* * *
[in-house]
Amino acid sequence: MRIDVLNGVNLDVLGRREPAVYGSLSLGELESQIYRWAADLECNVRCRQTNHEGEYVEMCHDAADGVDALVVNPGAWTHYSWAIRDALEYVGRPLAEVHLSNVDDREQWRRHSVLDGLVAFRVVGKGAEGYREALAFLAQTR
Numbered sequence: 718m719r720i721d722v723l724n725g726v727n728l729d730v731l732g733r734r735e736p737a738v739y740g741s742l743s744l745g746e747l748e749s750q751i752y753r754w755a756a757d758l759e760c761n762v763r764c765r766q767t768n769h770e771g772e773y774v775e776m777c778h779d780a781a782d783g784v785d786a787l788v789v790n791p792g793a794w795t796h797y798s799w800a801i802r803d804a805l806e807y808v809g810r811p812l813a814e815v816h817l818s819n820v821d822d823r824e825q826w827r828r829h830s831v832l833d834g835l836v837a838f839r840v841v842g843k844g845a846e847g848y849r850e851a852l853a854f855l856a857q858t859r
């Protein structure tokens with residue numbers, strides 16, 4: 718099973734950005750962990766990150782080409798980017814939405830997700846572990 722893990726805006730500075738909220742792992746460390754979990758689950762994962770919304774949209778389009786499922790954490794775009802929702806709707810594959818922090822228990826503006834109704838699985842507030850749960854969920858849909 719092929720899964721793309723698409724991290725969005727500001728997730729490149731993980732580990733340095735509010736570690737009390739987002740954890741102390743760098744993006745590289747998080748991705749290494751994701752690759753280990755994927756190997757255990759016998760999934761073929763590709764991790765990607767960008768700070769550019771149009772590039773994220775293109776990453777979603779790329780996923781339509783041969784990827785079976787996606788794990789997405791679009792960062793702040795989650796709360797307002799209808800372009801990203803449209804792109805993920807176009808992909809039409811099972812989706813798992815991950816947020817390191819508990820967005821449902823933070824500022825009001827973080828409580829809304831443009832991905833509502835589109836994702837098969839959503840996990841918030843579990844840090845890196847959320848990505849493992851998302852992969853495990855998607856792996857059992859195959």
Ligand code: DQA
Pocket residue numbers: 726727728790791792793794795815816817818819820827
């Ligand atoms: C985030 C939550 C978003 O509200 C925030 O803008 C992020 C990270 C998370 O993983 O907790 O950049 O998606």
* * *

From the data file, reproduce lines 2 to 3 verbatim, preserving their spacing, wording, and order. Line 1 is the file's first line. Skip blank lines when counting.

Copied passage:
Amino acid sequence: MRIDVLNGVNLDVLGRREPAVYGSLSLGELESQIYRWAADLECNVRCRQTNHEGEYVEMCHDAADGVDALVVNPGAWTHYSWAIRDALEYVGRPLAEVHLSNVDDREQWRRHSVLDGLVAFRVVGKGAEGYREALAFLAQTR
Numbered sequence: 718m719r720i721d722v723l724n725g726v727n728l729d730v731l732g733r734r735e736p737a738v739y740g741s742l743s744l745g746e747l748e749s750q751i752y753r754w755a756a757d758l759e760c761n762v763r764c765r766q767t768n769h770e771g772e773y774v775e776m777c778h779d780a781a782d783g784v785d786a787l788v789v790n791p792g793a794w795t796h797y798s799w800a801i802r803d804a805l806e807y808v809g810r811p812l813a814e815v816h817l818s819n820v821d822d823r824e825q826w827r828r829h830s831v832l833d834g835l836v837a838f839r840v841v842g843k844g845a846e847g848y849r850e851a852l853a854f855l856a857q858t859r